Infants can be born with a tongue-tie or lip-tie that restricts their ability to nurse, swallow, breathe and chew. These two conditions deal with an infant’s tongue or lips being attached to the mouth with excessive connective tissue, making it difficult for the child to eat.
An infant frenectomy is a minimally invasive surgical procedure that is done to remove one or both frena from the oral cavity. Infant frenectomy can be performed quickly and with minimal discomfort within the first few weeks after birth. This process is fairly quick and quite painless for the child.
It is important to have your baby evaluated for a possible tongue-tie or lip-tie. Even if the tongue or lip-tie is minimal and your baby can eat pretty well, future consequences of inaction can include an increased chance of cavities, improperly developed jaws, inability to eat solid foods, sleeping problems and headaches. It’s much better for your child to receive a frenectomy early on so as to avoid these problems and maintain proper oral health.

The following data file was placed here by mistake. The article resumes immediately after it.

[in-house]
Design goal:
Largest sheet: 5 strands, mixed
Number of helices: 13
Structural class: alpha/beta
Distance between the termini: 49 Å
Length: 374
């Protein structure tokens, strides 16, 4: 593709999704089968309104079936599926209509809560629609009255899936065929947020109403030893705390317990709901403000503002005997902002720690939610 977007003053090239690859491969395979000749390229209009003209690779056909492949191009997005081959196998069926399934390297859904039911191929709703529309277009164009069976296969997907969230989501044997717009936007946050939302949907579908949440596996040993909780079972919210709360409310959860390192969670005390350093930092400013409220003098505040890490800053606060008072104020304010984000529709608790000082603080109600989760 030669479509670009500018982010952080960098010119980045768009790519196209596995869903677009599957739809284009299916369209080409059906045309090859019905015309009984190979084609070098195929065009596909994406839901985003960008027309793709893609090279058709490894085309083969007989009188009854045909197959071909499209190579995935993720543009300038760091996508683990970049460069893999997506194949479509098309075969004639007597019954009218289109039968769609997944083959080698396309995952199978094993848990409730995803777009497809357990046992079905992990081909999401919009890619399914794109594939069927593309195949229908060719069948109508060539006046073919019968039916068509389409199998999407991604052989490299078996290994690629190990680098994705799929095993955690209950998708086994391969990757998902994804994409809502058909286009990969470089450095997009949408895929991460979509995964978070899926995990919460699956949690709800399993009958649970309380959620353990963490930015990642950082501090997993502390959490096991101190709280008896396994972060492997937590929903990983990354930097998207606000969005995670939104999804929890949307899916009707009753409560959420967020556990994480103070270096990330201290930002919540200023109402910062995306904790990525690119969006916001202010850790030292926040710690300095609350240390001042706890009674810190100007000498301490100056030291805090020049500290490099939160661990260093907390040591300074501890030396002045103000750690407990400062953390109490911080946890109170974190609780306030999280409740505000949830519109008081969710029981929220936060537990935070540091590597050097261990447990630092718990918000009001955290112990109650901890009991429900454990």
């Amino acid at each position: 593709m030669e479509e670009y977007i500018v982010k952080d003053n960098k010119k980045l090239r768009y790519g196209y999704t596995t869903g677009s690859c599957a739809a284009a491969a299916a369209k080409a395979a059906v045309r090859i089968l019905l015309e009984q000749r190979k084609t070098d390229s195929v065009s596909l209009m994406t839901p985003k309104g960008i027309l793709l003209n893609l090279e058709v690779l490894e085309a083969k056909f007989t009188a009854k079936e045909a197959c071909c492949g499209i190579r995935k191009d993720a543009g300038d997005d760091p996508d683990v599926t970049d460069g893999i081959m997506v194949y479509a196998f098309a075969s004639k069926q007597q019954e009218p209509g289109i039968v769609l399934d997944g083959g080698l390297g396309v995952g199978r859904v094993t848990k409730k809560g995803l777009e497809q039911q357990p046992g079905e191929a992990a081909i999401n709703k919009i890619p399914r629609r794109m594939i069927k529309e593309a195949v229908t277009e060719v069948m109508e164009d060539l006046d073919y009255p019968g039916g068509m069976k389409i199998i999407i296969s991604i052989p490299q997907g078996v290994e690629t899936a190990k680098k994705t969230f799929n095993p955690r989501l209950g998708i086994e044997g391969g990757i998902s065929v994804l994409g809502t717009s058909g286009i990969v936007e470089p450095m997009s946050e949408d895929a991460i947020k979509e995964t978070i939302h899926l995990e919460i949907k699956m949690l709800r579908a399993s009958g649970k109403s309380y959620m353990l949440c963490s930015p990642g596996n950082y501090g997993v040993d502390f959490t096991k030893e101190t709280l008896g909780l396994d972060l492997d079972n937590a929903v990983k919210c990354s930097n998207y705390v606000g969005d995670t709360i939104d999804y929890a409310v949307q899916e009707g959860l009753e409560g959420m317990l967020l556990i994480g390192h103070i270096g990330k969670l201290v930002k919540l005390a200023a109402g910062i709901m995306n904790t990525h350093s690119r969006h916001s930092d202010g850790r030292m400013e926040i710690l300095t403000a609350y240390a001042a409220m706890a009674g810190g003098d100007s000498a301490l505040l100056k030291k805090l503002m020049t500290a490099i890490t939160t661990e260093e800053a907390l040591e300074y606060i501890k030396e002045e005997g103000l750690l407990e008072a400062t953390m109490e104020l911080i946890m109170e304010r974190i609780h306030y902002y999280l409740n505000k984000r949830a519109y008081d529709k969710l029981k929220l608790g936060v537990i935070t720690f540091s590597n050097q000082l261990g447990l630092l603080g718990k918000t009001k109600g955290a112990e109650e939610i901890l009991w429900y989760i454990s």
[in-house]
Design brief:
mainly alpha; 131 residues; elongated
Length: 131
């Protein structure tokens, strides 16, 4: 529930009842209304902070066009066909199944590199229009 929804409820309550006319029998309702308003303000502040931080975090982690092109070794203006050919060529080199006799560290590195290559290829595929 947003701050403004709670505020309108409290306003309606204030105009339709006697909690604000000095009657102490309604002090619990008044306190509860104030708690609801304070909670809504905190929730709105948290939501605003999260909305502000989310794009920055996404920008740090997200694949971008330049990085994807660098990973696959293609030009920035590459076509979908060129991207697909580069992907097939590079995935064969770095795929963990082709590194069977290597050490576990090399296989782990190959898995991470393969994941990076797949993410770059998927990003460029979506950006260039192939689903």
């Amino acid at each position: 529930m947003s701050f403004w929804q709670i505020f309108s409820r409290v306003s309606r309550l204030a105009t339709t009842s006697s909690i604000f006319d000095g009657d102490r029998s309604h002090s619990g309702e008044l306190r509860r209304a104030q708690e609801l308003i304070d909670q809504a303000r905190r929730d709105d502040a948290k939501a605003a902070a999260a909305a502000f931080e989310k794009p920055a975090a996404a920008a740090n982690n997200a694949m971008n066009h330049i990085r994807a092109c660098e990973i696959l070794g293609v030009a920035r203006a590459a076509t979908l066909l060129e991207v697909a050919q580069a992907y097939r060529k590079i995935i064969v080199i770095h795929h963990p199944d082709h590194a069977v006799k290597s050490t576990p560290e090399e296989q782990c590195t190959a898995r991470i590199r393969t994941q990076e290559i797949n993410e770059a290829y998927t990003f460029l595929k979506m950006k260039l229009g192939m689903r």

A dentist can spot tongue ties early. An infant frenectomy is safe within weeks following childbirth.
- Leaking milk during nursing
- Gagging, choking or vomiting
- Poor infant weight gain
- Long periods of nursing
Dental frenectomy procedures correct lip ties and tongue ties by focusing on two different frena in the mouth —the labial frenum, which is responsible for lip ties, and the lingual frenum, which is responsible for tongue ties.